Each match consists of 4 rounds. Every round consists of at least 4 hands. Every round has 4 winds and every player gets to play as each wind tile in every round. All rounds are named as per the prevailing wind in that round. The East wind is used at the start of every round. The subsequent round would be South and so on. Every round has the player holding the prevailing wind tile as the dealer. The dealer assumes the East wind position in that round. The dealer starts by picking a tile and trying to complete a winning legal hand. If he cannot, he must discard one of his pieces into the centre of the wall of tiles. Then all other players get a chance and do the same. (A player has the option of calling out their tiles as they discard them as well.) This continues until 1 player has a winning legal hand when they must call out mahjong & reveal their tiles.
If the dealer is victorious in one hand or if a hand ends in a draw an additional hand is started where the prevailing wind and seating remain the same as the concluded round. This basically means that a match will never end until there is a definite winner.
Mahjong sets that have wind tiles usually also come with a prevailing wind marker. Sets that come with racks may have a mark on the rack to help identify the dealer in each round. This positioning is important because it influences the scoring when the game is concluded. Each player must always have 13 tiles in his possession when it isn’t his/her turn. This doesn’t include the bonus tiles. The Kong (described below) piece is not included in this number either. If a player has more or less than 13 tiles excluding these, then they have to be penalized.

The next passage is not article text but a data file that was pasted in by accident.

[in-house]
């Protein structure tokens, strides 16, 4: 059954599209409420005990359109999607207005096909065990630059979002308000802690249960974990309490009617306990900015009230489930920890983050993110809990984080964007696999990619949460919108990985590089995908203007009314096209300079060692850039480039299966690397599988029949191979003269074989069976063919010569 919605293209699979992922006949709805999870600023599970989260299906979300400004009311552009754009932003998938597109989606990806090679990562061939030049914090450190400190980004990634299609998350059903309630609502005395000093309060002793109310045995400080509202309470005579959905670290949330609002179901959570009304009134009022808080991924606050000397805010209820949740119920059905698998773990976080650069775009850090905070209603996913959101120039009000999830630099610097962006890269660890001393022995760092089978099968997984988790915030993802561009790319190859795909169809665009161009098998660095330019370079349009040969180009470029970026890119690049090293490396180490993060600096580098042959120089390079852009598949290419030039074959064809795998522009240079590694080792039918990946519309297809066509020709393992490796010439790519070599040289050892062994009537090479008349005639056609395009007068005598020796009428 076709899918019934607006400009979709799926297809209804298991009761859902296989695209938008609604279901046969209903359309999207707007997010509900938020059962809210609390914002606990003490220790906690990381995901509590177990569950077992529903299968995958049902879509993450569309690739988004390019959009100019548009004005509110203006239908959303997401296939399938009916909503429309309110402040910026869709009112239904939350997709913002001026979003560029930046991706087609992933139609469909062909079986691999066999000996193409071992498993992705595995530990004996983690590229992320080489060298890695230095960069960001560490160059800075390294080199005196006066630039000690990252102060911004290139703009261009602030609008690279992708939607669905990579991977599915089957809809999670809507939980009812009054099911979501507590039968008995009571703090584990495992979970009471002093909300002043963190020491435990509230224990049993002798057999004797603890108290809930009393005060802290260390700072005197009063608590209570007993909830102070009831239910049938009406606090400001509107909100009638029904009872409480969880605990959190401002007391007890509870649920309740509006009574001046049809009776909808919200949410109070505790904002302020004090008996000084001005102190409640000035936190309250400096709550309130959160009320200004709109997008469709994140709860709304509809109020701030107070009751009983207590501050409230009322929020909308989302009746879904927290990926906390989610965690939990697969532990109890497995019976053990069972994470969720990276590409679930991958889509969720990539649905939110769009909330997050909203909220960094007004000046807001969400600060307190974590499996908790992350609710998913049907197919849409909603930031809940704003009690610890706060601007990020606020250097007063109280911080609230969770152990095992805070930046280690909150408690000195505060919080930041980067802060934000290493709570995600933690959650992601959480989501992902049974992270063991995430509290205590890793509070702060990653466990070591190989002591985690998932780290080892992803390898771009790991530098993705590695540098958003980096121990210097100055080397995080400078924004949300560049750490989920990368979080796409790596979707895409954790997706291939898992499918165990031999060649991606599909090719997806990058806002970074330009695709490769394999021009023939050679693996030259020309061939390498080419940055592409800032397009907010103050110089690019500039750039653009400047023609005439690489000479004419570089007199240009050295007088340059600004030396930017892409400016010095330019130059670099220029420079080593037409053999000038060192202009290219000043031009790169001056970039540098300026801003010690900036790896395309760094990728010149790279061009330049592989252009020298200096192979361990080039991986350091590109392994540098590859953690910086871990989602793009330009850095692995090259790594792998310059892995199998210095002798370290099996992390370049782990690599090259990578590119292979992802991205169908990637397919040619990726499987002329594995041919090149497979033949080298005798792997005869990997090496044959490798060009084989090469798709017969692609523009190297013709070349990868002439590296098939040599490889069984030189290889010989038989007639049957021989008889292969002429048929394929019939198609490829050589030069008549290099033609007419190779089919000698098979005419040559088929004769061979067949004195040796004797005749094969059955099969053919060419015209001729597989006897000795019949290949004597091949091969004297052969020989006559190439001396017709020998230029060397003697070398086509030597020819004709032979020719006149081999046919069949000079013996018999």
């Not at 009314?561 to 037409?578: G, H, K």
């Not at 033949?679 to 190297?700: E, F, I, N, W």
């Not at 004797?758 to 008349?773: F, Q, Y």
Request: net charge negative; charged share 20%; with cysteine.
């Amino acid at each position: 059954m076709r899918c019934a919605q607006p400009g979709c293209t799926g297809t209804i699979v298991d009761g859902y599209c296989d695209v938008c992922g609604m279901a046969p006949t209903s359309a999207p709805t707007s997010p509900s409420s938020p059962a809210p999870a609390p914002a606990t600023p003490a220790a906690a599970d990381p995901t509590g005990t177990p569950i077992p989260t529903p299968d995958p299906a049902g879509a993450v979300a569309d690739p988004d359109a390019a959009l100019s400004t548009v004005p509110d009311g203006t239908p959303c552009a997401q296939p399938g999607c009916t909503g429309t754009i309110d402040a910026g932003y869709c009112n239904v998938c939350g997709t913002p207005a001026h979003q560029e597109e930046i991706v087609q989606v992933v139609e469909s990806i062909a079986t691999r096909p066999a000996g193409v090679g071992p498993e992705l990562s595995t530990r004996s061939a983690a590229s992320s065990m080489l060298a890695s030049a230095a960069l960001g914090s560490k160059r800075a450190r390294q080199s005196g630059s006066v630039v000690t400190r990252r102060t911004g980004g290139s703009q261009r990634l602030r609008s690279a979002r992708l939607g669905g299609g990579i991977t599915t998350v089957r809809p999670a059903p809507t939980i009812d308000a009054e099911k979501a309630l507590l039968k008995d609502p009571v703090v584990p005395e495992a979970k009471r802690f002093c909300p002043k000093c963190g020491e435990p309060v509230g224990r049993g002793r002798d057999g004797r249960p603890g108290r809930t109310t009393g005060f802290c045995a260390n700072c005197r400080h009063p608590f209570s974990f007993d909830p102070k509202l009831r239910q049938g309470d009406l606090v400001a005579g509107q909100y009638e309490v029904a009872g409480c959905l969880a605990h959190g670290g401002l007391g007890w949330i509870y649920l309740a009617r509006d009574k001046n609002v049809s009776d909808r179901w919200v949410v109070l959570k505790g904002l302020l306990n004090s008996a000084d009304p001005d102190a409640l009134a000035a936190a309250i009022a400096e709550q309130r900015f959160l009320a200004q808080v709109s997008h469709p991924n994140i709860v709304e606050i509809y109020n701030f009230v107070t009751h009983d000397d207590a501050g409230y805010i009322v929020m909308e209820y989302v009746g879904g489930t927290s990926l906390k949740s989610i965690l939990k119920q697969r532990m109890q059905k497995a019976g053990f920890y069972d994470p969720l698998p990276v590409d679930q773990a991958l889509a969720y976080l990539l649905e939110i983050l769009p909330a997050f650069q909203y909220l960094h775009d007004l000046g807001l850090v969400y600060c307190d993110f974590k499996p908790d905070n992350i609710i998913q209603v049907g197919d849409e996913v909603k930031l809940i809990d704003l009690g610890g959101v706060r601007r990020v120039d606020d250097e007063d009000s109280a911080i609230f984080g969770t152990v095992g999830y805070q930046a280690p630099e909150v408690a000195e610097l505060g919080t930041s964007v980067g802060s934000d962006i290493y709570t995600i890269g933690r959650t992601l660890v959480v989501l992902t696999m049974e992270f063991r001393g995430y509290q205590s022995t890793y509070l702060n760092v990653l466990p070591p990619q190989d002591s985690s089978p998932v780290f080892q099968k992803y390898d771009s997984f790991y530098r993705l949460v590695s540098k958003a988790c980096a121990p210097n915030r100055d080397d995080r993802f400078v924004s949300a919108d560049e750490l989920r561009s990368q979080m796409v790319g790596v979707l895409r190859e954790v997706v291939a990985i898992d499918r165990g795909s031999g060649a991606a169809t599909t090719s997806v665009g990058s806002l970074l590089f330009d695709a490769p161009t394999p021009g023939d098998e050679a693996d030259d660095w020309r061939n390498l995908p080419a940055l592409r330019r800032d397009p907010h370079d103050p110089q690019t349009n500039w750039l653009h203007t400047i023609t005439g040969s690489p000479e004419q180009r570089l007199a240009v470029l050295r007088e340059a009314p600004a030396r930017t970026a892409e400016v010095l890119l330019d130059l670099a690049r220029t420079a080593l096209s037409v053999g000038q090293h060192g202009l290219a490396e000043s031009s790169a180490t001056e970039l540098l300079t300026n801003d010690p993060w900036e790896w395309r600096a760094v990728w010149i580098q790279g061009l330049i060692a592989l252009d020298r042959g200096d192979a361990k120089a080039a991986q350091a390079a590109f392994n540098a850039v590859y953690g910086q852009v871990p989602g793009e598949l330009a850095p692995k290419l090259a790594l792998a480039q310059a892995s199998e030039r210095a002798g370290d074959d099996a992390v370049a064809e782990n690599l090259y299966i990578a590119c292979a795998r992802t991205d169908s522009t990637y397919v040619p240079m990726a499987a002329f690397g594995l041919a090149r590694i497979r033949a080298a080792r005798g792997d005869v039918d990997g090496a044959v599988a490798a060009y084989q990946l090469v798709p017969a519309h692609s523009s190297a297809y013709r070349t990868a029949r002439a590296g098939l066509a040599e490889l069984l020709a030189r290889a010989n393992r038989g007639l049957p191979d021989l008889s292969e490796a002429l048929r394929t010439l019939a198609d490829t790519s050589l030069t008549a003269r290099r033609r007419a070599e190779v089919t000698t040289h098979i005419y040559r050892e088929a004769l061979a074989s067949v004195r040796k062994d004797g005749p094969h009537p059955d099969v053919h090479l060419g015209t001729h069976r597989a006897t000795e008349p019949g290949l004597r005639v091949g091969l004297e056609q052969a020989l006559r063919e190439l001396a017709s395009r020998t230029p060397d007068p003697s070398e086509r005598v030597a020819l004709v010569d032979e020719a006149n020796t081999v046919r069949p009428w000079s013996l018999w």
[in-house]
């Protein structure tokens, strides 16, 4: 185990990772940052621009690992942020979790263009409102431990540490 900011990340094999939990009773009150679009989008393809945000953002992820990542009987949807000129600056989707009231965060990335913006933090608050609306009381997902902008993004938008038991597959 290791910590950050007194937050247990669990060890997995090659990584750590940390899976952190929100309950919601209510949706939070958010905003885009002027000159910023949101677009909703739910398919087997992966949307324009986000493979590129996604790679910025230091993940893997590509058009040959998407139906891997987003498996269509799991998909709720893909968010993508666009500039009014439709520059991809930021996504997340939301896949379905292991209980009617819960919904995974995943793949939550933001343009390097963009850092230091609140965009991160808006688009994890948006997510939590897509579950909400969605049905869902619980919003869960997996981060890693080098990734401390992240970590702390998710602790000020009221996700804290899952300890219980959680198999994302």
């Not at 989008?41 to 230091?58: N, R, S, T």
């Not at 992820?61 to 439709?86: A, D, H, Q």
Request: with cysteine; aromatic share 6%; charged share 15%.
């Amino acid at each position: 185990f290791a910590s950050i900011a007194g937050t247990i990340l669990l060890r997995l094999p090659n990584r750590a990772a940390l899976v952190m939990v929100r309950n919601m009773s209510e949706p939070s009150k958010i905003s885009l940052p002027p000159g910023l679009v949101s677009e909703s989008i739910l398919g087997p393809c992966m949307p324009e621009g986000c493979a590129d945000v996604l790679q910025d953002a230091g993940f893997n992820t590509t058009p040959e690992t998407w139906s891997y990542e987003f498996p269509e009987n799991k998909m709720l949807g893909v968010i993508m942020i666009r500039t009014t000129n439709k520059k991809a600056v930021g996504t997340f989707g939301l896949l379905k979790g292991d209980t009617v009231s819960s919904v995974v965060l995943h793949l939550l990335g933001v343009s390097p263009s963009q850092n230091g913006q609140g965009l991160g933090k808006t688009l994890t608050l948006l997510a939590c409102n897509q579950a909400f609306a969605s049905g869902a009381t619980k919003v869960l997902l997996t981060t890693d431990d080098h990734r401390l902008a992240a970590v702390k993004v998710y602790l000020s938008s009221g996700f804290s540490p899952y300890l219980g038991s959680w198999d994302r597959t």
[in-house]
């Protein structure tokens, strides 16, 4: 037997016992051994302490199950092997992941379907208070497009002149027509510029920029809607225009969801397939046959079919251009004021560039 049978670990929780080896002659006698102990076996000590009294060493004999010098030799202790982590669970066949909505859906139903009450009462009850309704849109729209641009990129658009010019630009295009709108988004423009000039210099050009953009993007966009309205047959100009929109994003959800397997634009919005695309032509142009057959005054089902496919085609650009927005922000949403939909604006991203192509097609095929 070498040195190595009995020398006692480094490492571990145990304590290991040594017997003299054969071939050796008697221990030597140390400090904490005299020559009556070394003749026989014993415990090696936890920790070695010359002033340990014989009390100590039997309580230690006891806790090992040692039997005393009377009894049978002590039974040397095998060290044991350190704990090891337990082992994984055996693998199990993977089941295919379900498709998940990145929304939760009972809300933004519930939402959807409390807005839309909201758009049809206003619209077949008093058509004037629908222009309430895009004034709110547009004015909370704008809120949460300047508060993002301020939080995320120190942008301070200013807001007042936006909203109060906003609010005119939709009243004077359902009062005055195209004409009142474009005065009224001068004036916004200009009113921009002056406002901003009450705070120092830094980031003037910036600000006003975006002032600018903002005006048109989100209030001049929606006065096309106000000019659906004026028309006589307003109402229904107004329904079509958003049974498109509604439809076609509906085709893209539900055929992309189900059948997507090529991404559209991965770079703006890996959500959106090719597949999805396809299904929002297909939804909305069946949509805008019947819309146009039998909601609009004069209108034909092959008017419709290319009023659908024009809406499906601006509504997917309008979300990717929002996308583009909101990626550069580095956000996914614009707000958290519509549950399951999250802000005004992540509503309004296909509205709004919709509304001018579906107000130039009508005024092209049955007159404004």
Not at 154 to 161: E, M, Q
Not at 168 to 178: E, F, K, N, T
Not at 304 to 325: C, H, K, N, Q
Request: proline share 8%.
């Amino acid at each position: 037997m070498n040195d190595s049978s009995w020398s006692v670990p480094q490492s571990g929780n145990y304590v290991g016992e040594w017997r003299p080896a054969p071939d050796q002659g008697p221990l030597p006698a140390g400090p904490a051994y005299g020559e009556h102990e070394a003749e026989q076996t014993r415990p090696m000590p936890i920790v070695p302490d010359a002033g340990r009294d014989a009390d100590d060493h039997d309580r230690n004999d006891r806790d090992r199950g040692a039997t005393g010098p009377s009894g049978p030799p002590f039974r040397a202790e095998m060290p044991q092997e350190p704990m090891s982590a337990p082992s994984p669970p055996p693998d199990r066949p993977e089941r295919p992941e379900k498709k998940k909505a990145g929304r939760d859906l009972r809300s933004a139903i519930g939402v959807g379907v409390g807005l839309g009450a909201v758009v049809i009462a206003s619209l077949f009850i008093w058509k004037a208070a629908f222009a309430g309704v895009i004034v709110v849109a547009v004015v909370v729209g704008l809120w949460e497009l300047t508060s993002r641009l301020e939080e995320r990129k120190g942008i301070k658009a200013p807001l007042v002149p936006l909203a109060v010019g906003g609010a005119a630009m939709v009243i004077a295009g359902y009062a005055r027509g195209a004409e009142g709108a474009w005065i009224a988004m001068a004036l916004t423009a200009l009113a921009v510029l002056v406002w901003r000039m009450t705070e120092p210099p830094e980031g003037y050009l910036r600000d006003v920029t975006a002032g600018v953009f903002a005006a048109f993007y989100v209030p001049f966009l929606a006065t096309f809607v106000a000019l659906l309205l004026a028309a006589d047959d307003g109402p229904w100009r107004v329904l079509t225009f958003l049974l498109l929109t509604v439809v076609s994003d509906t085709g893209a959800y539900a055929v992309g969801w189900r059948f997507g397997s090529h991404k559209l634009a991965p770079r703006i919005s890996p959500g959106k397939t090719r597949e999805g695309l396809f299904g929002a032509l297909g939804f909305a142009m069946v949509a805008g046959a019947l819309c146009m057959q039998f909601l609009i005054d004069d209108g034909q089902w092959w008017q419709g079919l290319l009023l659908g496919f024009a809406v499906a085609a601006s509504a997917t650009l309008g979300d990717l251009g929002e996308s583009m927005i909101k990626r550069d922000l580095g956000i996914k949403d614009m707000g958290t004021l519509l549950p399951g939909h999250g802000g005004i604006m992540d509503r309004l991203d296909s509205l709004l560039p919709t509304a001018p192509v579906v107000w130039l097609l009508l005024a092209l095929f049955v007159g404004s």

Essentially, a legal (winning) hand is created when you have a total of 14 tiles that meet the below requirements. You could either get a winning hand from the wall or from a discarded tile. Most games are played with a minimum rule which means the player with the lowest number of points at the end of the game wins.
A winning player’s hand must have 4 melds (a pattern of 3 pieces) and one pair of eyes (2 identical pieces). There are 4 types of melds :-
One is Pong/Pung. They are sets of 3 identical tiles. They cannot contain flower tiles though.
The next type is Kong. Kong’s are basically Pongs but instead of having 3 identical tiles they have 4. A player can declare a Kong at any time during their turn. It is declared by placing 2 pieces face up in the middle & 2 pieces on the end face down. If an opponent discards a tile of which you have the other three tiles, you may steal it and make a stolen Kong. You cannot do this though if you have already made a Pong from the other 3 tiles. But, if you get a tile that could make your Pong into a Kong then you can do so by placing it on top of the centre tile in the Pong, face up. Remember, when Kong’s are formed, players have to take extra tiles from the wall to make up their 13 tiles. Kong’s add to your score at the end of a game.
The third type is called Chow. This is a meld made up of 3 suited tiles which are in sequence. There cannot be any skipping of numbers in between and 9 cannot loop around back to 1. Honours and bonus tiles can’t be used to make a Chow. Discards can also be stolen to make Chows as long as no other player wishes to use it to complete a Kong or Pong. When stealing discards remember, winning always precedes melds.